Training and Education Coordinator, Pima County, Arizona— Researches, coordinates and develops materials for use in training staff and educating clients on procedures, rules, regulations, forms, requirements and equipment for area of assignment; Assists management in the identification of training needs for staff and education for clients; Collects, compiles, prepares, updates and assembles training and presentation materials and manuals; Designs new training and education materials and/or updates materials on a regular basis; Conducts initial training/orientation for newly hired staff to increase understanding of procedures and position responsibilities; Delivers training to classes and individuals through lectures, demonstrations, exercises and workshops; Conducts continuing education to comply with changes in federal, state and local regulations, policies and procedures, and to resolve specific performance deficiencies; Coordinates and investigates compliance with federal, state and/or local policies, laws and regulations and conducts quality control audits and reports on findings; Participates in the review of productivity levels for activities and staff, analyzes problem areas, identifies training needs and recommends solutions to management; Assesses implementation of policies and/or procedures and makes recommendations to management regarding changes and/or supplemental training; Provides additional training as needed, under management direction; Serves as the technical advisor for interpreting federal, state, and County policies, laws, rules and/or regulations governing are of assignment; Compiles statistical data and prepares reports for area of assignment for presentation to management and the Board of Supervisors. Develops and evaluates student surveys/assessments on training/education provided; Coordinates and maintains training/education materials, audio-visual equipment, laptops, tablets and supplies utilized for training and education; Maintains manual and computer based documentation on training and/or education conducted, competency checklists and assessment files. Salary: Hiring Range: $54,863 – $65,836. Application: For the complete job listing and to apply, click here.

Training Manager, Charleston County, South Carolina— Are you passionate about democracy and coaching people to their fullest potential? Join us as a Training Manager at the Board of Elections and play a pivotal role in ensuring smooth and efficient elections! Welcome to the Board of Voter Registration and Elections, where we are not just an agency, but a dynamic force committed to excellence in democracy. As an award-winning organization, we pride ourselves on our relentless pursuit of improvement to better serve the voters in our community. A major way this is done is through the training of those who serve as poll managers. At the heart of our mission is an unyielding dedication to organizing elections with precision, fairness, and strict adherence to the law. Responsibilities include: Comprehensive training development, training coordination, community engagement, year-round training program, performance tracking, new hire training, continuous improvement, collaboration with precinct manager.  Salary: $64,209 – $84,146. Application: For the complete job listing and to apply, click here.

Training Program Coordinator, Charleston County, South Carolina— This position is responsible for the recruiting, coordinating, and training of Election Day poll managers on the policies, procedures, and SC State law regarding the administering of fair, honest, and accurate elections within the polling places on Election Day and during early voting. This position will also train all temporary Early Voting staff. This position will be responsible for developing all instruction manuals and materials. This position reports directly to the Deputy Director of Election Operations. Salary: $53,248 – $69,784. Application: For the complete job listing and to apply, click here.

Voter Outreach & Communications Coordinator, Minneapolis, Minnesota– Minneapolis Elections & Voter Services is a division of the Office of the City Clerk whose purpose is to support access to local government. We administer local, state, and federal elections for Minneapolis voters. Our estimated population is 430,000 with about 244,000 registered voters. Behind Hennepin, Ramsey, and Dakota County, we are the fourth largest voting jurisdiction in the state. We work to conduct elections with integrity, accuracy, and accessibility, empower civic participation across generations, and lead in election administration through innovation and collaboration. There is currently 1 (one) Voter Outreach & Communications Coordinator (Intermittent Program Assistant) vacancy. The Voter Outreach & Communications Coordinator supervises and supports the daily operations of the Voter Outreach and Communication Program. They will form partnerships in communities throughout Minneapolis that will foster and promote voting and civic participation with a primary focus on college students and minority communities but also include voters living with disabilities, voters with non-traditional addresses, and non-English speaking communities. Intermittent work schedules may range from zero to forty (0 to 40) hours per week, depending on the election cycle and needs. Hours will fluctuate and will include some evening and weekend hours. Salary: $30.06 – $38.67 Hourly. Deadline: Jan. 28. Application: For the complete job listing and to apply, click here.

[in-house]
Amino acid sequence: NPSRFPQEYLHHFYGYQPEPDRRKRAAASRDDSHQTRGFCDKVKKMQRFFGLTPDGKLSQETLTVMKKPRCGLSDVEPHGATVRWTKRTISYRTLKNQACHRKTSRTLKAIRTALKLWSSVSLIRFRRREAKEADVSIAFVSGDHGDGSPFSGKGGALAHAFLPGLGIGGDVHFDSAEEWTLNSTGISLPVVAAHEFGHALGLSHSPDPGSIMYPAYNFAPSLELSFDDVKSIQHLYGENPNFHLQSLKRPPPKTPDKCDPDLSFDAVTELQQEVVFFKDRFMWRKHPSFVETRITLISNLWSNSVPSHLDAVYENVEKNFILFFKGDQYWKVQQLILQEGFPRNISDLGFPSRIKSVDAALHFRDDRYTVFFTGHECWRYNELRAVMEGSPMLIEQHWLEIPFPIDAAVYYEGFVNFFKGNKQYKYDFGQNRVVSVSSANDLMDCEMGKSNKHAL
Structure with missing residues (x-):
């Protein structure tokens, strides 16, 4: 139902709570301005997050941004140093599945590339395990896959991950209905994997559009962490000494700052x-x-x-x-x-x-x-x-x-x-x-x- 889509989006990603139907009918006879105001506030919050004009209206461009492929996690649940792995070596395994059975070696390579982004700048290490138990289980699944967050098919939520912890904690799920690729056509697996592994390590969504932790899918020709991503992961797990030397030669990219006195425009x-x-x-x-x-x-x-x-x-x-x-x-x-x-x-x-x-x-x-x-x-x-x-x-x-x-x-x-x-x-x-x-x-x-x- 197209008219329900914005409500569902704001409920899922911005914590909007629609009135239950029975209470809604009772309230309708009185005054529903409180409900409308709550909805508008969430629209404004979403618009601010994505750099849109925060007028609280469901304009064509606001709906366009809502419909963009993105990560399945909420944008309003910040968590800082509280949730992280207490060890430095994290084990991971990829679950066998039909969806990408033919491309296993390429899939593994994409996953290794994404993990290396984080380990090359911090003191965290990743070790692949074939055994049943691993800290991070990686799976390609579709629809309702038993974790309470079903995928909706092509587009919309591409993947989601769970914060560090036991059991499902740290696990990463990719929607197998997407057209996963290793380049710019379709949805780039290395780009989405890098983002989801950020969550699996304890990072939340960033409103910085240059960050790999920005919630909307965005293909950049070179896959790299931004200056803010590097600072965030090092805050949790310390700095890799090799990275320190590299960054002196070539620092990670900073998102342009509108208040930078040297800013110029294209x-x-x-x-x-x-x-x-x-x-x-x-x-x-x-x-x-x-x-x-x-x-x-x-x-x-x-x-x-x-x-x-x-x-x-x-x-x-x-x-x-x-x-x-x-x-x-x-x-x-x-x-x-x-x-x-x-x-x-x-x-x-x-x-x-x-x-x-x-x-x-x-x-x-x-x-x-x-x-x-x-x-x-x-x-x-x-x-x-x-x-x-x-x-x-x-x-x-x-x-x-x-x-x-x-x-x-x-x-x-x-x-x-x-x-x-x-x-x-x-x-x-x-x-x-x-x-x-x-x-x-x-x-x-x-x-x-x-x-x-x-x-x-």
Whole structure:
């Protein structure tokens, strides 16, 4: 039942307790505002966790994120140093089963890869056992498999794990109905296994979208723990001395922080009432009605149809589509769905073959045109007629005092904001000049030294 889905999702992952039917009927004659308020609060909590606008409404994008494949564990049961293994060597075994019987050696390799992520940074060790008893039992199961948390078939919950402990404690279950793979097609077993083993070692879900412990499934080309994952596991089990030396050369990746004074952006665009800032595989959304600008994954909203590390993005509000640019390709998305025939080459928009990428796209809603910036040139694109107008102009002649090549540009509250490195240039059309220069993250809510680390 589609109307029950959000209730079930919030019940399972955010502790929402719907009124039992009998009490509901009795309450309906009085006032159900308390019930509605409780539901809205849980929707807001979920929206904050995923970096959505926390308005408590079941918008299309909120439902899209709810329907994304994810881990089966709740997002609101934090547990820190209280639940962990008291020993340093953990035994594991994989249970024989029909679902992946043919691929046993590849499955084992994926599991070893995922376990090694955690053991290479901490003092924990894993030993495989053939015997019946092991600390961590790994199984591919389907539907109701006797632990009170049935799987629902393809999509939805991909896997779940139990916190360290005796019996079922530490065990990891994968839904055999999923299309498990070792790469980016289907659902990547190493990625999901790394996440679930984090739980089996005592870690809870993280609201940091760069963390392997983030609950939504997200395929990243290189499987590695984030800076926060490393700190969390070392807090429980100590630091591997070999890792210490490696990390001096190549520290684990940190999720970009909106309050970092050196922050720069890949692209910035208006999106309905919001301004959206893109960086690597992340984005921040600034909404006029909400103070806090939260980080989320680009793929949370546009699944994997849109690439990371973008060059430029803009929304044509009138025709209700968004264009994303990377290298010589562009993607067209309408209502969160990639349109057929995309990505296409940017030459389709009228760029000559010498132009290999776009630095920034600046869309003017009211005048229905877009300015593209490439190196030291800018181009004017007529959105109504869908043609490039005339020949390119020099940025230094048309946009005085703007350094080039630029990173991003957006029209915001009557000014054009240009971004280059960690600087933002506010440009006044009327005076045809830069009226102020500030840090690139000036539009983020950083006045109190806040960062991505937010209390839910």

Voter Registration Administrator, Denver, Colorado– The Office of the Clerk and Recorder serves Denver residents through 3 divisions: the Records and Public Trustee Division, the Elections Division and Administration, and is involved in state and local law and rulemaking for all of the functions under its purview. Through these functions, our office is part of some of the most important parts of Denverite’s lives: getting married, owning property, and having a say in their government. The City and County of Denver’s Election Division is seeking an accomplished elections professional to serve as the Voter Registration Administrator and provide administrative and strategic direction for the functional area of voter registration. Some of the key roles and responsibilities as the Voter Registration Administrator are: Act as the technical expert in all aspects of the City and County of Denver’s voter registration, list maintenance, petition, and voting processes; Serve as the County Administrator for Colorado’s Statewide Voter Registration System (“SCORE”), including establishing and implementing processes and procedures; Act as the primary point of contact with the Colorado Department of State on issues related to voter registration and SCORE; Supervise and lead work within the functional area of voter registration, oversee quality assurance measures, and evaluate employee performance within the voter registration team; Ensure agency compliance with local, state, and federal election laws, rules, and regulations, including establishing controls to ensure compliance; Train and supervise election judges in voter registration and the voting site hotlineDevelop and implement long-range and short-term planning for voter registration projects; Coordinate with local, state, and national partners to continually develop best practices and continuous improvement initiatives; Handle sensitive and confidential issues, complaints, and inquiries, including processing public records requests of Denver’s voter registration information. Salary: $65,523 – $86,818. Deadline: Jan. 25. Application: For the complete job listing and to apply, click here.